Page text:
Wednesday, May 21, 2008

"Blessing of your heart, ye brew good ale!"

Two Gentlemen of Verona Act III, Scene 1

Even when I didn't have a family, a business, a niche carved out of the suburbs, I had a routine. I'm not sure I would have recognized it as such, however. I always considered myself something of a free spirit, ready to leap up out of the seat in the coffee shop and jump into life, but I pretty regularly found myself in the coffee shop. After work I would pretty regularly find myself in the brewery, too, even though sitting there with a draft night after night I would wait for the opportunity to leave town. Leave it all. Something you only do once, and takes years to rouse the courage.

Specifically, the Crown City Brewery in Pasadena. When I was nineteen or so a friend of mine (older, of age) came around one night raving about a bar that served beer from a tap that was connected directly to the conditioning/storage tanks -they brewed it right there! I didn't start getting into beer until years later, but I was fascinated by the concept. It was the first I'd heard of it. Ten years later there would be a microbrewery at cat-swinging distance from every street corner in Southern California.

As the serendipity of life played out, I ended up living a block from the Old Town, brick-studded Crown City Brewery for a few years. I would go because the beer was good, and because they all recognized me when I came in. None of them knew my name, as the song goes, which was fine with me. If the bartender knows your name you most likely have a drinking problem (and if everyone else in the bar knows your name you excel at it.) At the coffee shop I would write, but at the brewery I would talk. And drink. It was a fun place. Friends would exchange stories until closing, all the while sampling exotic brews. You were rewarded for drinking an extensive selection of beer at the place -they would ring the bell, announce your name, and put it on a plaque. Waiters and waitresses there met and were married. When flat screen TVs were invented, they hung ten of them around the place. "Beers from around the world!" boasted the menu, which listed a finely greased pub grub that no bachelor could ever be ungrateful for.

I was there on September 14th, 2001. It was the Friday after 9/11 and the impact of those events were sinking in around the country. On my way down to the brewery I saw people holding candles and waving flags on every street corner. The TVs in the place were tuned to the news and it was a loud, bustling, packed house, like any ordinary Friday night. I remember a guy walking in with a set of bagpipes. I saw him lean over to the bartender, who nodded and rang the bell. The place went quiet and listened intently as the guy huffed and squeezed out The Star Spangled Banner. No one spoke. Some people put their right hands over their hearts. Some people cried. It was that kind of place.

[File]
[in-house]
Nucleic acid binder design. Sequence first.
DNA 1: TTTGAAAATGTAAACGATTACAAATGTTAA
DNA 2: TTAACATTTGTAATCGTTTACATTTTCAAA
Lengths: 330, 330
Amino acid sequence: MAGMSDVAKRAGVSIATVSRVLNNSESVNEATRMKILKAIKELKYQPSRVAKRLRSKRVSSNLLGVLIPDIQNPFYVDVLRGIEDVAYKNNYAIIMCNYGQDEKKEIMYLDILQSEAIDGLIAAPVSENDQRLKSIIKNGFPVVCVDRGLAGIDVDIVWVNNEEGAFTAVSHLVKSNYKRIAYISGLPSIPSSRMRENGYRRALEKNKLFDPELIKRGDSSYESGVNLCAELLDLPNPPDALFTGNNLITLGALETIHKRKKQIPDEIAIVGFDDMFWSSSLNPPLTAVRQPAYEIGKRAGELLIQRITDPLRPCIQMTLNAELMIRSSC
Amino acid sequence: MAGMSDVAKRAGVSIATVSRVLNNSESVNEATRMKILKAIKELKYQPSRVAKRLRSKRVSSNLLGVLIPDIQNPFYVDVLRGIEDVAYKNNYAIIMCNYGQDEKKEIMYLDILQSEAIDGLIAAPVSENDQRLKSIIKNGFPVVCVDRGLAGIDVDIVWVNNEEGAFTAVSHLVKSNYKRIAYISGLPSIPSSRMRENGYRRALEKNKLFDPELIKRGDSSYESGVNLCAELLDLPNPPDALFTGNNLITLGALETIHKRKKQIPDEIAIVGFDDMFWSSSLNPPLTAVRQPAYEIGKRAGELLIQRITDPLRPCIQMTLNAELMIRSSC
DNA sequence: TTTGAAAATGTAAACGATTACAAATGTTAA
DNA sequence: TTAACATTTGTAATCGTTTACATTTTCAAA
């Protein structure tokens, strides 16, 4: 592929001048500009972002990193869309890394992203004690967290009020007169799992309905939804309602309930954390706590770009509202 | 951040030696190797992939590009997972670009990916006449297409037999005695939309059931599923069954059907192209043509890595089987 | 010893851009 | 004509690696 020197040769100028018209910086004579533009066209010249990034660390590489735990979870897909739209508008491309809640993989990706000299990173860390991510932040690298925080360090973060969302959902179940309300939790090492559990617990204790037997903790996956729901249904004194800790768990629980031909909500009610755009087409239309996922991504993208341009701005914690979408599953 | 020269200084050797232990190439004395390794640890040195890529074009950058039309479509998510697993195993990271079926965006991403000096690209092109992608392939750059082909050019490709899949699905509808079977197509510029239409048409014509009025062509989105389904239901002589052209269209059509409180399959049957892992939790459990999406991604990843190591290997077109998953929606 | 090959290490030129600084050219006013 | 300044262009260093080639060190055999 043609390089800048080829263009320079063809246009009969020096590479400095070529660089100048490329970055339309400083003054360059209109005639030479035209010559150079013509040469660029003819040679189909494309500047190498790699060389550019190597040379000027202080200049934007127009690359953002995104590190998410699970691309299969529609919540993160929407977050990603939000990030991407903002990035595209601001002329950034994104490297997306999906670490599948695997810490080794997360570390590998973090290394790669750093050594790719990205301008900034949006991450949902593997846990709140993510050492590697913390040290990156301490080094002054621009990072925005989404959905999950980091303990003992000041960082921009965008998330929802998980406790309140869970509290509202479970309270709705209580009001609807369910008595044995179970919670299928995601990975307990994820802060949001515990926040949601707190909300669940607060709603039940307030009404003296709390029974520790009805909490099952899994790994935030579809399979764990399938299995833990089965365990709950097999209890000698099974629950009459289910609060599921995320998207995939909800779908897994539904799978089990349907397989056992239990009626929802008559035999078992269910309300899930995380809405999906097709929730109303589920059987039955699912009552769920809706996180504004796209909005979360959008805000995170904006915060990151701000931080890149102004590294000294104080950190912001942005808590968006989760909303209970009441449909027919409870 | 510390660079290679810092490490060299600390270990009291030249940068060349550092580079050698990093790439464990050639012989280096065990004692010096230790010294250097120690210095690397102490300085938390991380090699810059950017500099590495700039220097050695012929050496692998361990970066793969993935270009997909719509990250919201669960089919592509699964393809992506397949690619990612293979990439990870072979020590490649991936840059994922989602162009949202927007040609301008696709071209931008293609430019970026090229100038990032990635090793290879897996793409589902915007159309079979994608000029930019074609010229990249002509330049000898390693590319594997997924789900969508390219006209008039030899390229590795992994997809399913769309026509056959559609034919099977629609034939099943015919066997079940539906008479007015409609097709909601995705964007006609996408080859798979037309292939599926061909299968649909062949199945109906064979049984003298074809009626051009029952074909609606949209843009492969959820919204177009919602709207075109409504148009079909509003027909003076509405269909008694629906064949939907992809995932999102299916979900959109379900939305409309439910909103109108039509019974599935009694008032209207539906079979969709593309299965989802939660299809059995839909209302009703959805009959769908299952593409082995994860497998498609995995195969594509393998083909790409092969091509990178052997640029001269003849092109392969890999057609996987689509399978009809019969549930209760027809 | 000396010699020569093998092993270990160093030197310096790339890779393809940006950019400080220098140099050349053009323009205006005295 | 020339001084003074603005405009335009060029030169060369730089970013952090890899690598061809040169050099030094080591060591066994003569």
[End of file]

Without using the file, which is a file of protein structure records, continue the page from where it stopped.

I moved away after that and kept some distance. Though I love good beer to this day, (you can take the man out of the microbrewery, but not the microbrews out of the man) I think everyone in the place was becoming much too familiar and the routine was becoming insistently pathetic, I mean, can't we all just move on? Do we have to? A year later I told my buddies to meet me at the place and I announced my engagement to Mrs. Ditchman. She showed up. I showed everyone the ring I bought her, worth nearly as much as the amount of cash I dropped on hearty brews there over the years. (A lot!) I told the guys they would be in the wedding, and then I never went back.

Okay, I went back. Last summer I was in Pasadena and convinced some friends to go there for dinner for old time's sake. It was like returning to your old high school: everything seemed smaller, and without the energy of your youth. Filled with strangers who treated me as one, the place had fallen on hard times. The brewing vats and fermenting tanks were gone, as they had succumbed to disrepair and were consigned to kingdom come in some far off Raiders of the Lost Ark-type warehouse, I imagined. They were moved to make more room for patrons, but the patrons didn't come, I guess, and the placed now looked rather threadbare. The menus were the same old menus that had been there when I had last seen the place, but they were now a cracked laminate on old ketchup stains and with the grimy patina from the fingers of a thousand beer swillers. The brass had gone unpolished. The smell of recently cooked hops had been replaced with the ugly stench of spilled lager on concrete, dried and perpetually stood on. The food had taken on a similar miasma, and it may have just been me who changed, with my newly refined taste for a home-cooked meal from my wife. It was a sad scene. Mrs. Ditchman said the place was always like that, and she may be right, I did change, but if so, why then has it come to this?

I believe that when they gave up brewing beer at the place they got out the nails to hammer the coffin shut. For all the BJs and Karl Strausses and Yardhouses and Gordon Bierschs in the world, it's those down-home, unfranchised breweries that make the good beer and have a nifty label that are charmed for a lifetime. An obituary for an alehouse begins with "the brewing equipment broke down, and because it was too expensive to replace..."

"Alas, poor Yorick! I knew him well... a fellow of infinite jest, of most excellent fancy."

Hamlet Act V, Scene 1